Despite the confidence of a developer, High Street lenders tend not to like joint ventures, and need to be clear about who the client is.
These lenders also have a limited appetite for commercial schemes, and specifically don’t like speculative builds. They may consider pre-let/pre-sold developments with lower loan to gross development values (LTGDVs).
They have a good appetite for residential development but still want clear evidence of experience on previous schemes. They will often consider up to 70% LTGDV and up to 90% Loan to Cost but are looking for schemes with a borrowing requirement of around £400-500k, sometimes more.
Typically, these lenders will consider applications for up to 125 residential units or 200 on office to residential permitted development rights (PDR) schemes. They also have a good appetite for student schemes where there is burgeoning demand.
The lending challenges are rising build costs, including materials and labour costs, and planning permission timescales and more due diligence is being carried out on developers’ contingency plans for over runs but in terms of cost and time.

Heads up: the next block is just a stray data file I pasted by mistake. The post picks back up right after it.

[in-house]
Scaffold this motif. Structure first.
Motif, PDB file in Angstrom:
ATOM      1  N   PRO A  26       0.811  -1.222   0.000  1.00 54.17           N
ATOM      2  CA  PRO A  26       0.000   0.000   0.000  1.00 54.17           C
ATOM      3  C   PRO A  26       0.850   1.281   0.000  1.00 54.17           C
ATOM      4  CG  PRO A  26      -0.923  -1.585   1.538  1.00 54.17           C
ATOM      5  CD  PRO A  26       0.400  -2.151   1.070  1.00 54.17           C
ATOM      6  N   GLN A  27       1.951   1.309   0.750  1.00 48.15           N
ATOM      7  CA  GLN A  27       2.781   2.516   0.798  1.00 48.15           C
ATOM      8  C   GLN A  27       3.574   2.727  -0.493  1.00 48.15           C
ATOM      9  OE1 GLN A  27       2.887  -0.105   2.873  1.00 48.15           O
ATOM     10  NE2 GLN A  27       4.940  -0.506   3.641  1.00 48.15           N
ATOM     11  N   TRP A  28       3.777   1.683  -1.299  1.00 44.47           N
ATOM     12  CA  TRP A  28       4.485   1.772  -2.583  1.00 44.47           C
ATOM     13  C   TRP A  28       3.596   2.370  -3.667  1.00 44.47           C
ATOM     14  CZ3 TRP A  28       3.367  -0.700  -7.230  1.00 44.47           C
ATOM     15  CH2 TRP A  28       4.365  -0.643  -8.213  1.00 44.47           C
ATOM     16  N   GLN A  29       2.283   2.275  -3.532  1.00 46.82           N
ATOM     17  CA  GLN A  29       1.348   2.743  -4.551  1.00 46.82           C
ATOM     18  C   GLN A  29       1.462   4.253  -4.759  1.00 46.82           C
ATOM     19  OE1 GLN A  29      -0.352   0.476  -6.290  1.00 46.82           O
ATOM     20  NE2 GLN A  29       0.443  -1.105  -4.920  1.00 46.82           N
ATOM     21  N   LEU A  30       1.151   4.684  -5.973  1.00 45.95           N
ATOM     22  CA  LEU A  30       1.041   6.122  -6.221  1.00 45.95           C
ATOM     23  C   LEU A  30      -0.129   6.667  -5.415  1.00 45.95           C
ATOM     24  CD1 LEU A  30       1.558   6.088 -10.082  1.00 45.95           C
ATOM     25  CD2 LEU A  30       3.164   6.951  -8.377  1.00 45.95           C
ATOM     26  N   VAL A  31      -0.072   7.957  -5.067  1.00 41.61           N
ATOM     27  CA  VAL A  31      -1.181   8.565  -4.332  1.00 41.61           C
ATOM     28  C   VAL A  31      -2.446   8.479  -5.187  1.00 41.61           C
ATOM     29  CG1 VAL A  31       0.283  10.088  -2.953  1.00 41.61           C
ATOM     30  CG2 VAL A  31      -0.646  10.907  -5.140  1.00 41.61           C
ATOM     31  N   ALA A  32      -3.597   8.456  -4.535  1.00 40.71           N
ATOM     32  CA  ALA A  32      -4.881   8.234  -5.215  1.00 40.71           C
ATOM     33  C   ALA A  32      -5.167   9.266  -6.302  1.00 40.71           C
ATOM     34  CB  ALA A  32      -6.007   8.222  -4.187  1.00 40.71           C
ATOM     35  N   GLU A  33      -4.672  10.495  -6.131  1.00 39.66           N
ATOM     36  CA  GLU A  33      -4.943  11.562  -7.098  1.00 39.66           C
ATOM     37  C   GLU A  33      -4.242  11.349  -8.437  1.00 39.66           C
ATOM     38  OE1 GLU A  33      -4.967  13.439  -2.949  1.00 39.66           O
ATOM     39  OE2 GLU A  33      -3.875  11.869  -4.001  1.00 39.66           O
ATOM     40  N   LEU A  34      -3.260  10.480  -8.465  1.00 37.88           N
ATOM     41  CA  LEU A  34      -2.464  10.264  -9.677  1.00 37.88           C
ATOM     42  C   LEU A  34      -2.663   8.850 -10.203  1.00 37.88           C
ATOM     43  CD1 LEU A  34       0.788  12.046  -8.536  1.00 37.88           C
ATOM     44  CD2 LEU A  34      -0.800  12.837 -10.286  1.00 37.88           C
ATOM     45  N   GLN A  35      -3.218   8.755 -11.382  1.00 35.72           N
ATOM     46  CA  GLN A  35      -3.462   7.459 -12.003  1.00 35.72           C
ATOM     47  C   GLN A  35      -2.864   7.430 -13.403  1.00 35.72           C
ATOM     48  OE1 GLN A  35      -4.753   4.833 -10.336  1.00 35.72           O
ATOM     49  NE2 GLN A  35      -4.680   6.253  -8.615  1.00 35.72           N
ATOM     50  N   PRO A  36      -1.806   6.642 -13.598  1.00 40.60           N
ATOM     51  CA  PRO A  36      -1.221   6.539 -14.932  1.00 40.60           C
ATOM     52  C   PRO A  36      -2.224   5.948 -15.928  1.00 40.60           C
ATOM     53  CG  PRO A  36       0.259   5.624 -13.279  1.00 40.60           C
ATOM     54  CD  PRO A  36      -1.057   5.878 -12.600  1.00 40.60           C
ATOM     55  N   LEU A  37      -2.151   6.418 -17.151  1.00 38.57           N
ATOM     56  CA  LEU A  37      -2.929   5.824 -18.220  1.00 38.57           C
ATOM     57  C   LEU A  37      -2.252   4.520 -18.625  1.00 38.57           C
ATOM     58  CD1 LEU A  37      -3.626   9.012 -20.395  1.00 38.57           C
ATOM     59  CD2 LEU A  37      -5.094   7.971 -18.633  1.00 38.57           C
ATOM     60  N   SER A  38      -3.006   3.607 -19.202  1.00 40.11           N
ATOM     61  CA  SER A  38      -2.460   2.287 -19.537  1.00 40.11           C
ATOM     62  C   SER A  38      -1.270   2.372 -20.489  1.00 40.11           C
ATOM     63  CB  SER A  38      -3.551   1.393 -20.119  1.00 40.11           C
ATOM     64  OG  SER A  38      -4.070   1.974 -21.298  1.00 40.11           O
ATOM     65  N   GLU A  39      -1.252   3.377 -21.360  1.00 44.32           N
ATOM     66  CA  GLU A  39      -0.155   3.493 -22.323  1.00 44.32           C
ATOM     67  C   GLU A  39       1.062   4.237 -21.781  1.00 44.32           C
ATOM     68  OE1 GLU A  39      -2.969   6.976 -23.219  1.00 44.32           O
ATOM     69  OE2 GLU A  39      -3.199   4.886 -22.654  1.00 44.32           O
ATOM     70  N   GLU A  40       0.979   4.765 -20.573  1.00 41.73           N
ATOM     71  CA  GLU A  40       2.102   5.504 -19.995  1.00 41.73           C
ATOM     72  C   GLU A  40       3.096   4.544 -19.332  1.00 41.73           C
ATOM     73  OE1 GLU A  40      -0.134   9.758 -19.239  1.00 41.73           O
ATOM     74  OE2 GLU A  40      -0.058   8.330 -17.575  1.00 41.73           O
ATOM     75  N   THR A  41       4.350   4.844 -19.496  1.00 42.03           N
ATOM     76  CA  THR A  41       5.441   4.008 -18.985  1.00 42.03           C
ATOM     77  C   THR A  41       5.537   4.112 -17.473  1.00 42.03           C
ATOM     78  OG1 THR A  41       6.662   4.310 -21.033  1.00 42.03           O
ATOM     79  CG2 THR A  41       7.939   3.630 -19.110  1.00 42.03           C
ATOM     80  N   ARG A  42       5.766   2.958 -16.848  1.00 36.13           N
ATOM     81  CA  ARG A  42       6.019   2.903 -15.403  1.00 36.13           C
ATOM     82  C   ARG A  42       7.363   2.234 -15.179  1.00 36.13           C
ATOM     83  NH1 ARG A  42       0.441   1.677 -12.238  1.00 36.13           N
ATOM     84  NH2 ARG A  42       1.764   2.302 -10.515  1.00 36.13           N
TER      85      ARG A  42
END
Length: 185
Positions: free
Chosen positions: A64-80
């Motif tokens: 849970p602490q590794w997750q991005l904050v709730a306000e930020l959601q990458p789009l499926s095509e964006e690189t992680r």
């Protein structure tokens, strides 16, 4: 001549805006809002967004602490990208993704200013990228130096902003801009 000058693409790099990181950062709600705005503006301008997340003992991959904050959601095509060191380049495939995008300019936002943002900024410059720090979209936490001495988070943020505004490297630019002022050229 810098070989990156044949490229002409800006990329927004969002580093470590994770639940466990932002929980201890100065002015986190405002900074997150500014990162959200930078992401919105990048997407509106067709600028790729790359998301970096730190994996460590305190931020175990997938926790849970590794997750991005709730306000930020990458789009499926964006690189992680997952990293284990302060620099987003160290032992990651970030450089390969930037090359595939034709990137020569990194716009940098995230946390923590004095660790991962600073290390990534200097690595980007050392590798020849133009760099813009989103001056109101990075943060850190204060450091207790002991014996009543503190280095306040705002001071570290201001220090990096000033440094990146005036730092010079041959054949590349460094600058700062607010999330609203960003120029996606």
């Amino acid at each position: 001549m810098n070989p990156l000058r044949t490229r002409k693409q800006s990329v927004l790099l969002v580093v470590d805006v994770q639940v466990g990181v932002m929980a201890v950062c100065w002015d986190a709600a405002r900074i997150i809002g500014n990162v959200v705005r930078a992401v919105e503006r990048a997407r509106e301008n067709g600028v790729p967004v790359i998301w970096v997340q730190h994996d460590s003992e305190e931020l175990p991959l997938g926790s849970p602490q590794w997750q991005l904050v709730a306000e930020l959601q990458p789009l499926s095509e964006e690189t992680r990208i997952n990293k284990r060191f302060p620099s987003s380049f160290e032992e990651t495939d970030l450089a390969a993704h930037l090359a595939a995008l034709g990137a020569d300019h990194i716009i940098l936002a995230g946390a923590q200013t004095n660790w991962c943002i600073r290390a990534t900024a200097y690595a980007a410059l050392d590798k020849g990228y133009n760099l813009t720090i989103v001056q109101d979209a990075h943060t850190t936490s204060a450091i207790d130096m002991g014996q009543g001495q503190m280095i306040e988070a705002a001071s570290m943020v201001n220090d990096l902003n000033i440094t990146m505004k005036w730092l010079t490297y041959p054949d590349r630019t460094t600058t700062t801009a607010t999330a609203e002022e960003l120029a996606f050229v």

Typically, specialist lenders require an arrangement fee of 1.5%. Borrowing rates are 6 to 7% per annum plus monitoring costs. If required, mezzanine funding can be used to lift the loan to 75% GDV.
There is a good appetite amongst this lender group for residential developments. They are not so strict on experience and will consider first time developers, but they do want comfort in the ability of the developer to complete the scheme. After all, they want to know that the borrowings will be repaid.